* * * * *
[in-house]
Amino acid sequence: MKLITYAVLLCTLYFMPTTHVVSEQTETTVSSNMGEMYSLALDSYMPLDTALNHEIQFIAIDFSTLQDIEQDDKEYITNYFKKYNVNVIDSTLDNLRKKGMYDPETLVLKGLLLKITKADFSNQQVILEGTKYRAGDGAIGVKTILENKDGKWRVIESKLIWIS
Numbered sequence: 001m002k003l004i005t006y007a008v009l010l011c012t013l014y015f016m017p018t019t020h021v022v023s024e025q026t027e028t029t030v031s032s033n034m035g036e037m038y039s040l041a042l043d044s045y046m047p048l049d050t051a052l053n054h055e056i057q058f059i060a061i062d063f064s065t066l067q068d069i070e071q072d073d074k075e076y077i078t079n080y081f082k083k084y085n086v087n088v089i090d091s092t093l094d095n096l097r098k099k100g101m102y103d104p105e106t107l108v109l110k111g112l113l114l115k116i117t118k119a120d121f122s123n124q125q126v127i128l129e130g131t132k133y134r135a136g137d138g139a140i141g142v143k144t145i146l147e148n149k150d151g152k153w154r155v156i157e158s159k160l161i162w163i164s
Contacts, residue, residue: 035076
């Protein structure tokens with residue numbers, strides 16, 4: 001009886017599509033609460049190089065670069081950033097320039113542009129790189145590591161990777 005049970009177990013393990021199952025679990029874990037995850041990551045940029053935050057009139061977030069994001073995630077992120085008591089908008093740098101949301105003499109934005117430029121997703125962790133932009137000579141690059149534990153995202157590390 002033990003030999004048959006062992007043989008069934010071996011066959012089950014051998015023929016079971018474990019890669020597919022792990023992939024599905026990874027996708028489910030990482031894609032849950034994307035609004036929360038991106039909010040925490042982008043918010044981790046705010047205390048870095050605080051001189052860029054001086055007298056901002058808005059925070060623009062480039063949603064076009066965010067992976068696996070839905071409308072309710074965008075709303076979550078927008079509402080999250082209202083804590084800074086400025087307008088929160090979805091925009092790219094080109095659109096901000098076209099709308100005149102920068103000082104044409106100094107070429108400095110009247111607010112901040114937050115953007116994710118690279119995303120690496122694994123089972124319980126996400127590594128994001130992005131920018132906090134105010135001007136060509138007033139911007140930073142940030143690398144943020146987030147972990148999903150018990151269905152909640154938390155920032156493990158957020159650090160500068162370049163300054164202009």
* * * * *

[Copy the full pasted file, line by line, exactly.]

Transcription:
[in-house]
Amino acid sequence: MKLITYAVLLCTLYFMPTTHVVSEQTETTVSSNMGEMYSLALDSYMPLDTALNHEIQFIAIDFSTLQDIEQDDKEYITNYFKKYNVNVIDSTLDNLRKKGMYDPETLVLKGLLLKITKADFSNQQVILEGTKYRAGDGAIGVKTILENKDGKWRVIESKLIWIS
Numbered sequence: 001m002k003l004i005t006y007a008v009l010l011c012t013l014y015f016m017p018t019t020h021v022v023s024e025q026t027e028t029t030v031s032s033n034m035g036e037m038y039s040l041a042l043d044s045y046m047p048l049d050t051a052l053n054h055e056i057q058f059i060a061i062d063f064s065t066l067q068d069i070e071q072d073d074k075e076y077i078t079n080y081f082k083k084y085n086v087n088v089i090d091s092t093l094d095n096l097r098k099k100g101m102y103d104p105e106t107l108v109l110k111g112l113l114l115k116i117t118k119a120d121f122s123n124q125q126v127i128l129e130g131t132k133y134r135a136g137d138g139a140i141g142v143k144t145i146l147e148n149k150d151g152k153w154r155v156i157e158s159k160l161i162w163i164s
Contacts, residue, residue: 035076
């Protein structure tokens with residue numbers, strides 16, 4: 001009886017599509033609460049190089065670069081950033097320039113542009129790189145590591161990777 005049970009177990013393990021199952025679990029874990037995850041990551045940029053935050057009139061977030069994001073995630077992120085008591089908008093740098101949301105003499109934005117430029121997703125962790133932009137000579141690059149534990153995202157590390 002033990003030999004048959006062992007043989008069934010071996011066959012089950014051998015023929016079971018474990019890669020597919022792990023992939024599905026990874027996708028489910030990482031894609032849950034994307035609004036929360038991106039909010040925490042982008043918010044981790046705010047205390048870095050605080051001189052860029054001086055007298056901002058808005059925070060623009062480039063949603064076009066965010067992976068696996070839905071409308072309710074965008075709303076979550078927008079509402080999250082209202083804590084800074086400025087307008088929160090979805091925009092790219094080109095659109096901000098076209099709308100005149102920068103000082104044409106100094107070429108400095110009247111607010112901040114937050115953007116994710118690279119995303120690496122694994123089972124319980126996400127590594128994001130992005131920018132906090134105010135001007136060509138007033139911007140930073142940030143690398144943020146987030147972990148999903150018990151269905152909640154938390155920032156493990158957020159650090160500068162370049163300054164202009």